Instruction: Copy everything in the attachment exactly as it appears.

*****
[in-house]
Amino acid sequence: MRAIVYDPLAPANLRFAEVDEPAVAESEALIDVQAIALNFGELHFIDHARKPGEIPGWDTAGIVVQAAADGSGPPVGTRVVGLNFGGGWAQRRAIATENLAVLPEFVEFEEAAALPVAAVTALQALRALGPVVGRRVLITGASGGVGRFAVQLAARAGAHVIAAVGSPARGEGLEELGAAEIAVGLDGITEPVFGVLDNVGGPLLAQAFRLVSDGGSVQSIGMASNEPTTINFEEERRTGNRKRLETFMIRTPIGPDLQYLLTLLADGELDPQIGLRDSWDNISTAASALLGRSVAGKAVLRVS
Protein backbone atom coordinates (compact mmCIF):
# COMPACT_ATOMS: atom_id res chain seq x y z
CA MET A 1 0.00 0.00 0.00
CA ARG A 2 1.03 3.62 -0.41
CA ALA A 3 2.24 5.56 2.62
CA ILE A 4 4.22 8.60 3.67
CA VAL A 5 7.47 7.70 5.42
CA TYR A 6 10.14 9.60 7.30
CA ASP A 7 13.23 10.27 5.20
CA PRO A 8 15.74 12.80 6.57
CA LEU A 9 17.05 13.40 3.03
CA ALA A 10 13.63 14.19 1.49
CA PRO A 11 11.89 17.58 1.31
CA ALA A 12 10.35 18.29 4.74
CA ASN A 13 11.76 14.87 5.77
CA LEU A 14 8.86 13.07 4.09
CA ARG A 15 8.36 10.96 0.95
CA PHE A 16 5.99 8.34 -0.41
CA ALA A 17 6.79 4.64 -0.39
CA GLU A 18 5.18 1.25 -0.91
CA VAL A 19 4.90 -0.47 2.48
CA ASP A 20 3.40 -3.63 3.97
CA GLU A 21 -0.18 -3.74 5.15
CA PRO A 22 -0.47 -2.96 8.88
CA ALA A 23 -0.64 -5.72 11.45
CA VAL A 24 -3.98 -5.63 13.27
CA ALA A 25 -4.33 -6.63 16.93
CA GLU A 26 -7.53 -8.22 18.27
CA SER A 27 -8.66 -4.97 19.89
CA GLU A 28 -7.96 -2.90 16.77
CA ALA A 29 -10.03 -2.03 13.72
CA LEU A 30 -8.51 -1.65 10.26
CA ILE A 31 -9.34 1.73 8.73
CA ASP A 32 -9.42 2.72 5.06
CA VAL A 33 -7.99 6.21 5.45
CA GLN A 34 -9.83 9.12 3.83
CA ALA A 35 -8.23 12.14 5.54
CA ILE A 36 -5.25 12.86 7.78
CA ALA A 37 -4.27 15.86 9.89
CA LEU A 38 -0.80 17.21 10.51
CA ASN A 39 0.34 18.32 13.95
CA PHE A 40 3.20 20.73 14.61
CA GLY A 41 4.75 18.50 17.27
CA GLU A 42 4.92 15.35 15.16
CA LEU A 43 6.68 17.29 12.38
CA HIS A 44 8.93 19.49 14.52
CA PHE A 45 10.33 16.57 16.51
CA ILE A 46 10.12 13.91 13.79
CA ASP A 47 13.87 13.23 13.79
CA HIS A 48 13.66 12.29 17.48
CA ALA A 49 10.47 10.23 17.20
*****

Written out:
[in-house]
Amino acid sequence: MRAIVYDPLAPANLRFAEVDEPAVAESEALIDVQAIALNFGELHFIDHARKPGEIPGWDTAGIVVQAAADGSGPPVGTRVVGLNFGGGWAQRRAIATENLAVLPEFVEFEEAAALPVAAVTALQALRALGPVVGRRVLITGASGGVGRFAVQLAARAGAHVIAAVGSPARGEGLEELGAAEIAVGLDGITEPVFGVLDNVGGPLLAQAFRLVSDGGSVQSIGMASNEPTTINFEEERRTGNRKRLETFMIRTPIGPDLQYLLTLLADGELDPQIGLRDSWDNISTAASALLGRSVAGKAVLRVS
Protein backbone atom coordinates (compact mmCIF):
# COMPACT_ATOMS: atom_id res chain seq x y z
CA MET A 1 0.00 0.00 0.00
CA ARG A 2 1.03 3.62 -0.41
CA ALA A 3 2.24 5.56 2.62
CA ILE A 4 4.22 8.60 3.67
CA VAL A 5 7.47 7.70 5.42
CA TYR A 6 10.14 9.60 7.30
CA ASP A 7 13.23 10.27 5.20
CA PRO A 8 15.74 12.80 6.57
CA LEU A 9 17.05 13.40 3.03
CA ALA A 10 13.63 14.19 1.49
CA PRO A 11 11.89 17.58 1.31
CA ALA A 12 10.35 18.29 4.74
CA ASN A 13 11.76 14.87 5.77
CA LEU A 14 8.86 13.07 4.09
CA ARG A 15 8.36 10.96 0.95
CA PHE A 16 5.99 8.34 -0.41
CA ALA A 17 6.79 4.64 -0.39
CA GLU A 18 5.18 1.25 -0.91
CA VAL A 19 4.90 -0.47 2.48
CA ASP A 20 3.40 -3.63 3.97
CA GLU A 21 -0.18 -3.74 5.15
CA PRO A 22 -0.47 -2.96 8.88
CA ALA A 23 -0.64 -5.72 11.45
CA VAL A 24 -3.98 -5.63 13.27
CA ALA A 25 -4.33 -6.63 16.93
CA GLU A 26 -7.53 -8.22 18.27
CA SER A 27 -8.66 -4.97 19.89
CA GLU A 28 -7.96 -2.90 16.77
CA ALA A 29 -10.03 -2.03 13.72
CA LEU A 30 -8.51 -1.65 10.26
CA ILE A 31 -9.34 1.73 8.73
CA ASP A 32 -9.42 2.72 5.06
CA VAL A 33 -7.99 6.21 5.45
CA GLN A 34 -9.83 9.12 3.83
CA ALA A 35 -8.23 12.14 5.54
CA ILE A 36 -5.25 12.86 7.78
CA ALA A 37 -4.27 15.86 9.89
CA LEU A 38 -0.80 17.21 10.51
CA ASN A 39 0.34 18.32 13.95
CA PHE A 40 3.20 20.73 14.61
CA GLY A 41 4.75 18.50 17.27
CA GLU A 42 4.92 15.35 15.16
CA LEU A 43 6.68 17.29 12.38
CA HIS A 44 8.93 19.49 14.52
CA PHE A 45 10.33 16.57 16.51
CA ILE A 46 10.12 13.91 13.79
CA ASP A 47 13.87 13.23 13.79
CA HIS A 48 13.66 12.29 17.48
CA ALA A 49 10.47 10.23 17.20